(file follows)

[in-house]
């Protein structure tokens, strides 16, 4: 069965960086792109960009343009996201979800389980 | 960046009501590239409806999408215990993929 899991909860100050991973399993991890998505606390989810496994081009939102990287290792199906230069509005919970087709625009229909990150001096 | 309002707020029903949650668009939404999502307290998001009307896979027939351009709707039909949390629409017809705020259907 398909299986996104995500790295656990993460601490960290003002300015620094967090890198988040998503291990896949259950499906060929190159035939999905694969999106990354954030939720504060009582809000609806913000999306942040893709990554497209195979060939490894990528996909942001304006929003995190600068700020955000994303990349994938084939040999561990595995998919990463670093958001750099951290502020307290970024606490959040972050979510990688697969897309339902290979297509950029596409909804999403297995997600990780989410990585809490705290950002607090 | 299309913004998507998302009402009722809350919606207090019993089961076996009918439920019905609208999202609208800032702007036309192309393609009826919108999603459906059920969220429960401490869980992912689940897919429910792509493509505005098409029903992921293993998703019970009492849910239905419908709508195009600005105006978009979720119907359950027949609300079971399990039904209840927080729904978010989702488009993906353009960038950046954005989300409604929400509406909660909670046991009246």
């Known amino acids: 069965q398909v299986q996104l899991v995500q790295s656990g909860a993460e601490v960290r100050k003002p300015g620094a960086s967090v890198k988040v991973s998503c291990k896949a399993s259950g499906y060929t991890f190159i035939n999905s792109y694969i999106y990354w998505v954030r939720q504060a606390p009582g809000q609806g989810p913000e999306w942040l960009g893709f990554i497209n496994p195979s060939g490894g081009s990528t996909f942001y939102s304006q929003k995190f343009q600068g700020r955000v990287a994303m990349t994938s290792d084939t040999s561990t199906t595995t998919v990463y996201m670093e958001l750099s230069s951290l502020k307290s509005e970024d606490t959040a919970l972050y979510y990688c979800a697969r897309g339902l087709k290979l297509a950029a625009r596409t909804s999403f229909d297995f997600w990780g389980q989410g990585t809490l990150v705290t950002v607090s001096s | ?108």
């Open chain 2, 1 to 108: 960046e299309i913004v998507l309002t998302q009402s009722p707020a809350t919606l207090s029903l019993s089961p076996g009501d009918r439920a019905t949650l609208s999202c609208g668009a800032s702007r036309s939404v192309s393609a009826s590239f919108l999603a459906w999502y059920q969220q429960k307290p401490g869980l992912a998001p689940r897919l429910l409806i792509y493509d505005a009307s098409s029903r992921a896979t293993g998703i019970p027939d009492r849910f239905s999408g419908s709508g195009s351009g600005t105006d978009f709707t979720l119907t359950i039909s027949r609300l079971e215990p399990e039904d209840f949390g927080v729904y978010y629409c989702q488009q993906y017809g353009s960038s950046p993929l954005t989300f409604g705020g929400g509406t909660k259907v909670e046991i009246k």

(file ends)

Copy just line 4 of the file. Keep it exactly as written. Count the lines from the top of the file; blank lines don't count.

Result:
């Open chain 2, 1 to 108: 960046e299309i913004v998507l309002t998302q009402s009722p707020a809350t919606l207090s029903l019993s089961p076996g009501d009918r439920a019905t949650l609208s999202c609208g668009a800032s702007r036309s939404v192309s393609a009826s590239f919108l999603a459906w999502y059920q969220q429960k307290p401490g869980l992912a998001p689940r897919l429910l409806i792509y493509d505005a009307s098409s029903r992921a896979t293993g998703i019970p027939d009492r849910f239905s999408g419908s709508g195009s351009g600005t105006d978009f709707t979720l119907t359950i039909s027949r609300l079971e215990p399990e039904d209840f949390g927080v729904y978010y629409c989702q488009q993906y017809g353009s960038s950046p993929l954005t989300f409604g705020g929400g509406t909660k259907v909670e046991i009246k």